Profiling questions are questions that you ask to get a better understanding of the composition of your audience. These questions can provide you with information on what ages are represented in the audience, where people live, their income, what car they drive, etc.
In short: profiling questions gather information that helps you better understand and gauge the results of the questions you ask during the event.
Using correlation you can better understand the relationship between the answers you get during the event and the different profiles of the people in your audience.
Too much is too much
It is important however not to ask too much. Even if you explain to the audience that you are asking a few profiling questions in order to correlate the replies and to better understand the results of upcoming questions, it is better to limit the number of profiling questions.
Otherwise your audience will quickly start to doubt the anonymity of your survey. Two things can happen in that scenario: either people will stop participating in the vote, or they will start giving the answers they believe you want to hear.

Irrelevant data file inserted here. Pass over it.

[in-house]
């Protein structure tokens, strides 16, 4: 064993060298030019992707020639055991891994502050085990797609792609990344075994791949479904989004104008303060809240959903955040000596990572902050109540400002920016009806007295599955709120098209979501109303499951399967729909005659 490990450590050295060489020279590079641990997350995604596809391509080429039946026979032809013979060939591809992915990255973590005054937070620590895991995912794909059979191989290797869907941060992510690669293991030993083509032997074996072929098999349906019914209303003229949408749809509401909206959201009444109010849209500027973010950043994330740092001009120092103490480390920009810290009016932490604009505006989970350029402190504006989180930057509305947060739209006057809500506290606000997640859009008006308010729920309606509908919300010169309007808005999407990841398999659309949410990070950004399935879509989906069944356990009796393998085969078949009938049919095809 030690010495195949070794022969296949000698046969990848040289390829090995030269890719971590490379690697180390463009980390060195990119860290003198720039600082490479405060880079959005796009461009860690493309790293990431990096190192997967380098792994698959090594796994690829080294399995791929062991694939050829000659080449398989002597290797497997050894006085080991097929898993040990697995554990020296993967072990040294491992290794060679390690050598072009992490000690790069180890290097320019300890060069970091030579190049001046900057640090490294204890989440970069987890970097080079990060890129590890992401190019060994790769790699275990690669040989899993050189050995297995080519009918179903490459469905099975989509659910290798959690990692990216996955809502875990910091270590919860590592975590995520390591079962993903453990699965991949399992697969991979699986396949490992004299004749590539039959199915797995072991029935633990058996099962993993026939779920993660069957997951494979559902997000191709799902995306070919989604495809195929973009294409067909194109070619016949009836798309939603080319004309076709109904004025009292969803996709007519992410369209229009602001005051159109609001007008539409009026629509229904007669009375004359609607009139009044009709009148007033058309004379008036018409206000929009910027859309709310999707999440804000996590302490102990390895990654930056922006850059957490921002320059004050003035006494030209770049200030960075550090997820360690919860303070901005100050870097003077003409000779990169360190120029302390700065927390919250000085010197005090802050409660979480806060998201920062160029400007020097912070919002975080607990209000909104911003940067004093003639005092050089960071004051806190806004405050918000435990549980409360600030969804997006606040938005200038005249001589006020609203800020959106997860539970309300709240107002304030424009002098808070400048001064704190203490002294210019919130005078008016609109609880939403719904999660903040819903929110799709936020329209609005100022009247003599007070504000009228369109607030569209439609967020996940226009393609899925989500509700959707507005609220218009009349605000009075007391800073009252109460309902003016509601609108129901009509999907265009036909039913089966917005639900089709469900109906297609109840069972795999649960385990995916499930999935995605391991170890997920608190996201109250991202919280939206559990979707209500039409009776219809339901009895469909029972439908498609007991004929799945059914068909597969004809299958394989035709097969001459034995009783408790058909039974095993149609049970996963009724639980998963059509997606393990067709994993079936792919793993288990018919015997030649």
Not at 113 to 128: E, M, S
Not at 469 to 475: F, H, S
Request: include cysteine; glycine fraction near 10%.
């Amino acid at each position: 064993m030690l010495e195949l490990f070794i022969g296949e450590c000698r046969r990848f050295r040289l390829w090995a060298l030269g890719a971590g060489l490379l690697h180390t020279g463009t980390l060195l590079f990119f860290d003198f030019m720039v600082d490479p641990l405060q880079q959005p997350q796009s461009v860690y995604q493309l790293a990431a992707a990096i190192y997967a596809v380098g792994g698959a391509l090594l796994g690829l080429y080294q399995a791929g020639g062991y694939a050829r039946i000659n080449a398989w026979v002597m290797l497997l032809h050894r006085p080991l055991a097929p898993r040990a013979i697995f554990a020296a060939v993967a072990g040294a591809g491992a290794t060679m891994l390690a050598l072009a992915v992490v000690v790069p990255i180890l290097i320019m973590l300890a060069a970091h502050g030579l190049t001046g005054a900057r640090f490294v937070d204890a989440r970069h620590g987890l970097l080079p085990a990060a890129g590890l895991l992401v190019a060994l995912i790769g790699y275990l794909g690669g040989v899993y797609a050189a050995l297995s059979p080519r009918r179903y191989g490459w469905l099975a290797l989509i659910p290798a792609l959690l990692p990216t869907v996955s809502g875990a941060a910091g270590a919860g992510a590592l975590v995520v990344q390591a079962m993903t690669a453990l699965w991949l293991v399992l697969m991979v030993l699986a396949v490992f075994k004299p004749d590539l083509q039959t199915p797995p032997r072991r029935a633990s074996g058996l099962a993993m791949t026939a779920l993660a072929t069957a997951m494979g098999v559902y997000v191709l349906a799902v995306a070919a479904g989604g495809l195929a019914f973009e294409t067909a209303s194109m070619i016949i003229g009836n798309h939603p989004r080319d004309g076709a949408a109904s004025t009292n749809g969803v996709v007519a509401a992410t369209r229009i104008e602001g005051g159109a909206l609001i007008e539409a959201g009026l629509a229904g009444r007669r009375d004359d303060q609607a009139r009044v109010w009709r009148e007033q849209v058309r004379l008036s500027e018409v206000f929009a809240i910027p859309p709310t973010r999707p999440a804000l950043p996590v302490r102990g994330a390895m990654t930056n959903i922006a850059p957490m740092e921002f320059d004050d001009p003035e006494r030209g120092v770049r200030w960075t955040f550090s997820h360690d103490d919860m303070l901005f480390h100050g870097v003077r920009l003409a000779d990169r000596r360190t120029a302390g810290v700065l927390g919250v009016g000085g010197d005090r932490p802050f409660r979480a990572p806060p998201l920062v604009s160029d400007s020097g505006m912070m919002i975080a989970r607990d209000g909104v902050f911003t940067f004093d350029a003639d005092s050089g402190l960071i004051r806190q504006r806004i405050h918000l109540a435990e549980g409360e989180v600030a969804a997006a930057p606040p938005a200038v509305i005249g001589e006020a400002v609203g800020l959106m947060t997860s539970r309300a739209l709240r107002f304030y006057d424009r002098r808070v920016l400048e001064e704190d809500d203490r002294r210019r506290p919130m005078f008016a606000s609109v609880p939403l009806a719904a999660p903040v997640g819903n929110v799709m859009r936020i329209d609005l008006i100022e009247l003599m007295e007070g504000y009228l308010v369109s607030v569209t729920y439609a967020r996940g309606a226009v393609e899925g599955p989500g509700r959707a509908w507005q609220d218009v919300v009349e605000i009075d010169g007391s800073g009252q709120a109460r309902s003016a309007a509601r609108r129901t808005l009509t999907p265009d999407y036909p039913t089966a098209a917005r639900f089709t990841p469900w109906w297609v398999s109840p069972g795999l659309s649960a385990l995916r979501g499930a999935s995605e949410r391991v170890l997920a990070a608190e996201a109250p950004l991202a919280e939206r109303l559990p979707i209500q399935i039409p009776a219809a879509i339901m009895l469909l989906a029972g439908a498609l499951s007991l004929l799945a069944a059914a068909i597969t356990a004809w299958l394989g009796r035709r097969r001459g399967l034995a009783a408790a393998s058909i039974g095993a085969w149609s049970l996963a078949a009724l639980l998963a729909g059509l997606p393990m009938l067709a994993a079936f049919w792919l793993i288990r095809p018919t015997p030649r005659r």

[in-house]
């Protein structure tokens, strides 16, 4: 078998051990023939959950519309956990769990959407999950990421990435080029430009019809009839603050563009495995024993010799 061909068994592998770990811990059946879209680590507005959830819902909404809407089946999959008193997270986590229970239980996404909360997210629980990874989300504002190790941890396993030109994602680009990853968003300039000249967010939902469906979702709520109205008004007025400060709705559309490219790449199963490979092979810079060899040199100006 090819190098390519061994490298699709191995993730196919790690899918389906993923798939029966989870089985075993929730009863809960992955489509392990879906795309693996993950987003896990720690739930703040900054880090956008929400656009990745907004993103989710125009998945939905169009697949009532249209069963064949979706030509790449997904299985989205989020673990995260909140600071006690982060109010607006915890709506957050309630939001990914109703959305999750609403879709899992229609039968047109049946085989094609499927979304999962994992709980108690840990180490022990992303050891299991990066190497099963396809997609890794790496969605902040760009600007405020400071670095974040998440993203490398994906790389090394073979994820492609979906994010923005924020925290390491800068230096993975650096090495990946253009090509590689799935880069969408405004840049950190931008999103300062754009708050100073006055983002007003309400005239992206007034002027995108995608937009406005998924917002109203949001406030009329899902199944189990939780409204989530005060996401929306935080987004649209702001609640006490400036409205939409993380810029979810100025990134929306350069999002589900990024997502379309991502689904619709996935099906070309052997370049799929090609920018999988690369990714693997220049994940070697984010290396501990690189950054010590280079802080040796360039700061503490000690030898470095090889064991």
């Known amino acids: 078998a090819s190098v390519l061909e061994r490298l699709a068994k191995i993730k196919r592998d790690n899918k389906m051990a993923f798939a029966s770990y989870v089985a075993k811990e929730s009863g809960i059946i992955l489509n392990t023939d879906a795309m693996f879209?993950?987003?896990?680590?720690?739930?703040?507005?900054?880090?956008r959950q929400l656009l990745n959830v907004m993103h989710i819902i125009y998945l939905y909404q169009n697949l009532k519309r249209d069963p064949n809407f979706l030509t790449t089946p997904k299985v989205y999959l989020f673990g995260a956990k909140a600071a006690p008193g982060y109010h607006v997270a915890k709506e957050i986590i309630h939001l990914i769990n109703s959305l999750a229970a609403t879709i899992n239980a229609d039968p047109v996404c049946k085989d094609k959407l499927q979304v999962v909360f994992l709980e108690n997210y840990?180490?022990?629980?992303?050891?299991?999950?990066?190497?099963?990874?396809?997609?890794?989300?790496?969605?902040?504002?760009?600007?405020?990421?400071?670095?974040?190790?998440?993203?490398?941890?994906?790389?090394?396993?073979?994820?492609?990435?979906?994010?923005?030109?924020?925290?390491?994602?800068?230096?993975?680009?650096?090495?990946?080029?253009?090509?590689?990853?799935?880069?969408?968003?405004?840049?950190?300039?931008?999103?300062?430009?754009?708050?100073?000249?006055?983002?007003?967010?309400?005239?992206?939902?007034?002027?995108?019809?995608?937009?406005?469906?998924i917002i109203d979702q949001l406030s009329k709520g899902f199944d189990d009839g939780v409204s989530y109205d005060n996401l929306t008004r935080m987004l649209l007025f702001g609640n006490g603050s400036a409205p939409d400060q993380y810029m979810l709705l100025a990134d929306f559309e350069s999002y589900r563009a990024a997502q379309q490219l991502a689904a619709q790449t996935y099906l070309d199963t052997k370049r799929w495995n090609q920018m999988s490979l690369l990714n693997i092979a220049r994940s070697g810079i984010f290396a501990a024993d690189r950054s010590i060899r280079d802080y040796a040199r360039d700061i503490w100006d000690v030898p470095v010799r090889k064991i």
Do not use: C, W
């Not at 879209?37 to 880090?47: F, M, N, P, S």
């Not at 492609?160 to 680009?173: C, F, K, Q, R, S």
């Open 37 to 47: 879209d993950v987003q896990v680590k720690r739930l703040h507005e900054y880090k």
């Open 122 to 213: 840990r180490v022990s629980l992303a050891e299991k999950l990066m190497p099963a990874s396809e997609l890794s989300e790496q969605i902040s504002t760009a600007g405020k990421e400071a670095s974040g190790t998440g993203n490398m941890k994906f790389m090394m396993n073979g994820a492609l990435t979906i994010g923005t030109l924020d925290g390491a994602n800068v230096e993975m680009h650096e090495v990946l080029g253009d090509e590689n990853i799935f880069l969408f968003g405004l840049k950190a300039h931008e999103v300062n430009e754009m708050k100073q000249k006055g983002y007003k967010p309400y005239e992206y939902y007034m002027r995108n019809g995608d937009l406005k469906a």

Therefore, if you really want honest and true results, it is a good practice to explain why you are asking these questions.
In this way, your audience will understand why it is a relevant question and they are not left feeling that you are trying to identify individual voting behavior.
What’s in it for your audience?
Profiling questions can produce relevant information not only for you, but also for the people in the audience. For example, people can really be interested in knowing how many men or women are present in the audience. A profiling question that is also valuable for the audience will likely get a decent response and will add value to the meeting.
In many cases they will appreciate what they learn from the questions, but limit the amount of questions and keep it reasonable.
So don’t necessarily assume your audience will be bored.